Don Quixote Chapter 1: Summary & Analysis

Instructor: Bryan Cowing

Bryan is a freelance writer who specializes in literature. He has worked as an English instructor, editor and writer for the past 10 years.

If you are reading ''Don Quixote'' you might be wondering what happens in the first chapter in the story. Check out the following lesson to get a summary and analysis of the characters and events in this chapter.


If you remember wanting to be a superhero when you grew up, you will understand what's up with our main character in Chapter 1 of Don Quixote. Follow along as we get an introduction to the characters and are drawn into the strange and exciting world of Don Quixote.


Chapter 1 of Don Quixote opens by telling us about a man who lived in a village in La Mancha. A village whose name is apparently unimportant since the narrator doesn't tell us. This man is about fifty years old and is wealthy enough to have a housekeeper and an errand boy. Just like the name of his village, the man's last name is also described as being better left unsaid, as it is unimportant to the story.

If we take an analysis approach to this early information we can see that the past and identity of the man may not be as important as his future. This philosophy (that the future trumps the past) could be a personal or even political statement that the author is interested in sharing.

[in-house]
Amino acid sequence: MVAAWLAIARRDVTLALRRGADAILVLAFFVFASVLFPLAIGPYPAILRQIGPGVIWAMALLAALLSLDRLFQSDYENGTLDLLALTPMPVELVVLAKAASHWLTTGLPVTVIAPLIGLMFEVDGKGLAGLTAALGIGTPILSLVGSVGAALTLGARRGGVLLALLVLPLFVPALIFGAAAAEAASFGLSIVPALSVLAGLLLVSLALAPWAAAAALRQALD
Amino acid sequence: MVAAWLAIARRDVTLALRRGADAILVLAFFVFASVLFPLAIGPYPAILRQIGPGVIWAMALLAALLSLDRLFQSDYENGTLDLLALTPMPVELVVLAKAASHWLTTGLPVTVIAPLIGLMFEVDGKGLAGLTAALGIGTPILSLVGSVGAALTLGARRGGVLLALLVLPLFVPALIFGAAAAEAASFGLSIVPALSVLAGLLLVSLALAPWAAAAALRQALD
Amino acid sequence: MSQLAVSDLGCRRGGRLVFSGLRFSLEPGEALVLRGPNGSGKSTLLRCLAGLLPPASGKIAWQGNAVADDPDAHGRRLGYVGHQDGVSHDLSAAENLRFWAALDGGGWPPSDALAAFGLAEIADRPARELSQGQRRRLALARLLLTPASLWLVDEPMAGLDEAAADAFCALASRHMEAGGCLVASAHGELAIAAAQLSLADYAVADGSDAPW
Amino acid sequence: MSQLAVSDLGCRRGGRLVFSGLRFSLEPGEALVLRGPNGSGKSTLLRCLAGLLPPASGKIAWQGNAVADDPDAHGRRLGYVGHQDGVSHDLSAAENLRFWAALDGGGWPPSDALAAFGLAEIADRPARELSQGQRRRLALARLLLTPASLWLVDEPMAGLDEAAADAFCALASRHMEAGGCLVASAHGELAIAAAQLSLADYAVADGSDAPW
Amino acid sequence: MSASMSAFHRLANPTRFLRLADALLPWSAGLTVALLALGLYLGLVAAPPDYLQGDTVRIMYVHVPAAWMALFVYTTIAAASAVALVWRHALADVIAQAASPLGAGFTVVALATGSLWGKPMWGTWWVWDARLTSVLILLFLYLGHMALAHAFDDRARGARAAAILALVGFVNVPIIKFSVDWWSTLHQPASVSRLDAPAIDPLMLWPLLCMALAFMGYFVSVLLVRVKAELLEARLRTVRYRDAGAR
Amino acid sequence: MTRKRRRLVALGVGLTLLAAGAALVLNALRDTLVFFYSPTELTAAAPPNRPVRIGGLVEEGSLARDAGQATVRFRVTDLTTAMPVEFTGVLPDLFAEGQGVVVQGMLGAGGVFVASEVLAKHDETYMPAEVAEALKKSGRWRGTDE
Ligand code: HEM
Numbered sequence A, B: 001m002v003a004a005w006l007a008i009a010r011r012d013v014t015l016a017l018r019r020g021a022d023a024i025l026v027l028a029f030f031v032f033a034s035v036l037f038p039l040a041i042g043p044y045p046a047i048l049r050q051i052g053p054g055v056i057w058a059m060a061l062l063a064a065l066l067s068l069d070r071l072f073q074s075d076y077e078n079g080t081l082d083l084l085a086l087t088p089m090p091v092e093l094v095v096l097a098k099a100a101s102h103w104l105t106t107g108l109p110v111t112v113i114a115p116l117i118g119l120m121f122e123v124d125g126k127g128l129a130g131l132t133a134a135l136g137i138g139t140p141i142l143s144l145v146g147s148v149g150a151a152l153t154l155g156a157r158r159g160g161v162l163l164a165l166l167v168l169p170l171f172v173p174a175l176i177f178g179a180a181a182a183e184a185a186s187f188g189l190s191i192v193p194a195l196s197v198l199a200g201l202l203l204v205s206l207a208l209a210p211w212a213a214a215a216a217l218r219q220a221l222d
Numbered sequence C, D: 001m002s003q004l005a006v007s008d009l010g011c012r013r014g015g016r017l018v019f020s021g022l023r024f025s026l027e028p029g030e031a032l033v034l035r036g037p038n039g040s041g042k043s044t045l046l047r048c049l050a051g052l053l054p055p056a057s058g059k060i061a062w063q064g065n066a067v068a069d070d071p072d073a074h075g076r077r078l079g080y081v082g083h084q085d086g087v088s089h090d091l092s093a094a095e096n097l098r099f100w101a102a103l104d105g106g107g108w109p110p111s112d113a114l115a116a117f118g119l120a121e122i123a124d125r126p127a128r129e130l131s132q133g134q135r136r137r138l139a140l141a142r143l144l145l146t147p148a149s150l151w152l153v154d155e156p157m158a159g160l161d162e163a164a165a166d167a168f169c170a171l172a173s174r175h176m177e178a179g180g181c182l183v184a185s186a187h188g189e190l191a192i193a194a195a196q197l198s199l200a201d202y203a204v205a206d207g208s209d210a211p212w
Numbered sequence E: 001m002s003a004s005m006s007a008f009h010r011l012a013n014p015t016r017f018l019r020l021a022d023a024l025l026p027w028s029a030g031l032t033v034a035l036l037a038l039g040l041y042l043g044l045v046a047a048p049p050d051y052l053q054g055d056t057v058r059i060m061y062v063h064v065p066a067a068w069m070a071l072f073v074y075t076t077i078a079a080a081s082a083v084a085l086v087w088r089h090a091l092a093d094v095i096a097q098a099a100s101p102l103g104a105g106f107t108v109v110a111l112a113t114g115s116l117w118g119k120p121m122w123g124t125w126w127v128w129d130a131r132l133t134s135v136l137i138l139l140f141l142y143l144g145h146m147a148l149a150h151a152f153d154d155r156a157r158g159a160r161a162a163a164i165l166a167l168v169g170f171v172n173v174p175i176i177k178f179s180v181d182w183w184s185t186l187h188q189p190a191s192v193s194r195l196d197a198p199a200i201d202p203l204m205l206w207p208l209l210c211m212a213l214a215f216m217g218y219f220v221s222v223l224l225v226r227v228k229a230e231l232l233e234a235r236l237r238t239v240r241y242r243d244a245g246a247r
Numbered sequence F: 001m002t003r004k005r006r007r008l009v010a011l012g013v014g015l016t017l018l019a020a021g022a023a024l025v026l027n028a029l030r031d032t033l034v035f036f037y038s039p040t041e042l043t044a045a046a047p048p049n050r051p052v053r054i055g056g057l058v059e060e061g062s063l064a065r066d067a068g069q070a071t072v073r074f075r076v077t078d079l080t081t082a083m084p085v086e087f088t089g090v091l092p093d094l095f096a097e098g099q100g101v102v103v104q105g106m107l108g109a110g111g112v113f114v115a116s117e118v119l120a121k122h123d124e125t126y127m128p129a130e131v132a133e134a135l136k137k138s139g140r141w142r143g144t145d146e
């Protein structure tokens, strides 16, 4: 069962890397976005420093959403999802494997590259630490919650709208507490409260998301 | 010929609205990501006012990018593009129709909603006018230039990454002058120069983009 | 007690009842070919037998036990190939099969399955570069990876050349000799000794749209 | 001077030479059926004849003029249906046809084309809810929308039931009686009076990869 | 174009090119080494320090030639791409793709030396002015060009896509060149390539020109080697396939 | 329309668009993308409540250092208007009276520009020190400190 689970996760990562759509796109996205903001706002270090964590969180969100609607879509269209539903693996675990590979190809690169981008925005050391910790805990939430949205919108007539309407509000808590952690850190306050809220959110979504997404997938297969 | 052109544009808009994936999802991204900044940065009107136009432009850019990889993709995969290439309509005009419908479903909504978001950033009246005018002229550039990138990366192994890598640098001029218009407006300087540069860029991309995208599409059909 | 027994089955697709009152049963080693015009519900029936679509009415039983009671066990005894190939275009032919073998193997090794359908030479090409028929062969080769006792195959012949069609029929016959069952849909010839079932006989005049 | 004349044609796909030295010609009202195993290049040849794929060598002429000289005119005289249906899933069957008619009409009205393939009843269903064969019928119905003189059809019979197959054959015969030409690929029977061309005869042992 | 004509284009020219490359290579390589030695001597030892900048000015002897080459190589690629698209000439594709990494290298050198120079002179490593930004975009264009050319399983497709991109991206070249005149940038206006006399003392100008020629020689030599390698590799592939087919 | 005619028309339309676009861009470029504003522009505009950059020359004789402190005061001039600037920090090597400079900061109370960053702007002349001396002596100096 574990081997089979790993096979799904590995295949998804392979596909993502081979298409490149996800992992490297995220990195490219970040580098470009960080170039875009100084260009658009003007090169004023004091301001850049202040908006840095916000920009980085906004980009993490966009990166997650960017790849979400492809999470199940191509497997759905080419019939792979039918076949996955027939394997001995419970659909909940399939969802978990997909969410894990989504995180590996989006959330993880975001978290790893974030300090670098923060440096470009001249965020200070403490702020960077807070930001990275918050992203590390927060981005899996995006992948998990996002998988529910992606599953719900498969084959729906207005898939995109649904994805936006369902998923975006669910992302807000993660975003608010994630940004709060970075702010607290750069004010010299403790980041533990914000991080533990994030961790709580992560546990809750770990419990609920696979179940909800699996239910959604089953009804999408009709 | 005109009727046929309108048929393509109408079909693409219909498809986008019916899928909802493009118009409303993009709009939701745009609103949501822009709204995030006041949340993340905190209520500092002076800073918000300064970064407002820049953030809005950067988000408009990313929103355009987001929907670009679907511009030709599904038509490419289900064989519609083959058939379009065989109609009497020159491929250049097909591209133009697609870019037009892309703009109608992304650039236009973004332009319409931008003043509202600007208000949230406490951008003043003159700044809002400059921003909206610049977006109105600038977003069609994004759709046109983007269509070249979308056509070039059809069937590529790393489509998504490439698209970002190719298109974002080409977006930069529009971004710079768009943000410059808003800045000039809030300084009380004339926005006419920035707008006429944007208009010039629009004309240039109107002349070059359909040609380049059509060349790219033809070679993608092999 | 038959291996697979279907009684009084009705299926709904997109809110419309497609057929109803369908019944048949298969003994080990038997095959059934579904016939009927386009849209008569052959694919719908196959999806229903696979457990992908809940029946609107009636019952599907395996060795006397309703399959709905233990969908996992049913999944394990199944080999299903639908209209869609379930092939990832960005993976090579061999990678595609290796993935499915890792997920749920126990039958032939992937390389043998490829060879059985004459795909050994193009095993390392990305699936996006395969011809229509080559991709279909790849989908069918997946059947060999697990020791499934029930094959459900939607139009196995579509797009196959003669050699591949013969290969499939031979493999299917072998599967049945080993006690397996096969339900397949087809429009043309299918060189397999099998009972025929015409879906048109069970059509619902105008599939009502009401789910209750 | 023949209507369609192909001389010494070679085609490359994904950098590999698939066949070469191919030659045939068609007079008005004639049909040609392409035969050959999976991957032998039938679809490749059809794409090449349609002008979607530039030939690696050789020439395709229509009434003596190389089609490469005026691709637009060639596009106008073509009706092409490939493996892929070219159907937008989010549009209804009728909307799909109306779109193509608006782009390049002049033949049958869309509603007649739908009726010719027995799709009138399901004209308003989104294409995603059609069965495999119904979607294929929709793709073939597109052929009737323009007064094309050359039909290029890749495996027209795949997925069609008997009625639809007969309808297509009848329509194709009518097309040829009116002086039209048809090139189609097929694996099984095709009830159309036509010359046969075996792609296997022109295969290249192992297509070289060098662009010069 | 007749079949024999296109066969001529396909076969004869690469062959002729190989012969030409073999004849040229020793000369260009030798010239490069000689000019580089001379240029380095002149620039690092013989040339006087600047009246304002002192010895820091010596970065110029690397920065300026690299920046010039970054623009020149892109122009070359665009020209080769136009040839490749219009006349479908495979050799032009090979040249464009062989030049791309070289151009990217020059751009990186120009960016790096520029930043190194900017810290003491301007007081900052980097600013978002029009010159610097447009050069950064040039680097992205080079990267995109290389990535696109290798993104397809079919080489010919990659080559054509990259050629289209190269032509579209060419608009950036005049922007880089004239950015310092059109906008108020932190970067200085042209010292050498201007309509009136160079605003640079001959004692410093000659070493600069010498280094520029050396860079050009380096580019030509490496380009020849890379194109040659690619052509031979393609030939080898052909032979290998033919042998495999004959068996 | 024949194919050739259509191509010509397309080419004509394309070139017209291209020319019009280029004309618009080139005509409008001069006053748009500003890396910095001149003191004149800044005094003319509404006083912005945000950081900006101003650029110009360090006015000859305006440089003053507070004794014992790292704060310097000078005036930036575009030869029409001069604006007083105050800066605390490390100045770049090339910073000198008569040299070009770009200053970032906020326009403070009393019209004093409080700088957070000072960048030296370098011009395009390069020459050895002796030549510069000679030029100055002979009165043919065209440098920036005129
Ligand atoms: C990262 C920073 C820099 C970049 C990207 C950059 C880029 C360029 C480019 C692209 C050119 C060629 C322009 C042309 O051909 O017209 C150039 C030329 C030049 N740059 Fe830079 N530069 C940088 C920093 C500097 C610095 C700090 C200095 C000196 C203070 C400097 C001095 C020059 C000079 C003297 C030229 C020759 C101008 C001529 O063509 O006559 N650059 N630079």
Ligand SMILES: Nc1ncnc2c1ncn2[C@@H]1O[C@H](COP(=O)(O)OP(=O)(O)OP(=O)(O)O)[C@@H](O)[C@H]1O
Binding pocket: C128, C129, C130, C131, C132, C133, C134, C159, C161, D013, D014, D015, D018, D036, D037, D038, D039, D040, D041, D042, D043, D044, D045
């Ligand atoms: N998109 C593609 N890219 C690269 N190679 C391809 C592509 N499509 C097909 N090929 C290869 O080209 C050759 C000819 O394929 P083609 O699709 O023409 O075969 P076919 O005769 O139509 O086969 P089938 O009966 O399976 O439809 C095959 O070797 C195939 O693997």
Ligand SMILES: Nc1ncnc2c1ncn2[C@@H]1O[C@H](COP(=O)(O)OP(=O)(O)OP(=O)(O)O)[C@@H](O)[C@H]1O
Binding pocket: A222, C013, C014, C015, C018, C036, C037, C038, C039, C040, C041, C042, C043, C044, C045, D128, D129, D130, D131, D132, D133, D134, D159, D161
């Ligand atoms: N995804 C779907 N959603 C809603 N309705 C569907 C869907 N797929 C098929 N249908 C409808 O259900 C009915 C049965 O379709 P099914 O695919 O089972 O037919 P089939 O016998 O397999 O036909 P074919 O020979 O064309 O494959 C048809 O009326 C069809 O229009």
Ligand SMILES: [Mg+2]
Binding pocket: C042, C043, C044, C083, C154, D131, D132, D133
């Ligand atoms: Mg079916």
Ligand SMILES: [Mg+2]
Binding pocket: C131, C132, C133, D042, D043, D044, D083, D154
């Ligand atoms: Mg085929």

Our main character likes to read. He especially enjoys ''Feliciano de Silva's composition, for their lucidity of style and complicated conceits were as pearls in his sight.'' He spent many nights mulling over the meanings of de Silva's writings. Stories about knights and dragons also begin appeal to him. Eventually he decides ''should make a knight-errant of himself, roaming the world over in full armour and on horseback in quest of adventures.'' in other words, he decides to become a knight.


The man gets his great-grandfather's old rusty coat of armor to wear. The suit only had a morion, or open helmet, so he fashioned it into a closed helmet himself. Since he knows he needs a horse, he gets his own old horse ready. He thinks for four whole days before renaming his horse ''Rocinante,'' a name worthy of his new character. He takes eight more days to decide on a new name for himself - Don Quixote of La Mancha.

For this part of the story, an analysis suggests that our main character is reinventing himself. Despite his advanced age (and the advanced age of his horse) he has take on the role of a knight - a profession which was normally granted to young men.

The name of the horse is also worth taking a close look. The word rocin means ''old horse.'' We can see this as either a reflection of Don Quixote's ignorance or perhaps even his sense of humor. The fact that it took him four days to come up with the name suggests a lack of creativity or awareness.

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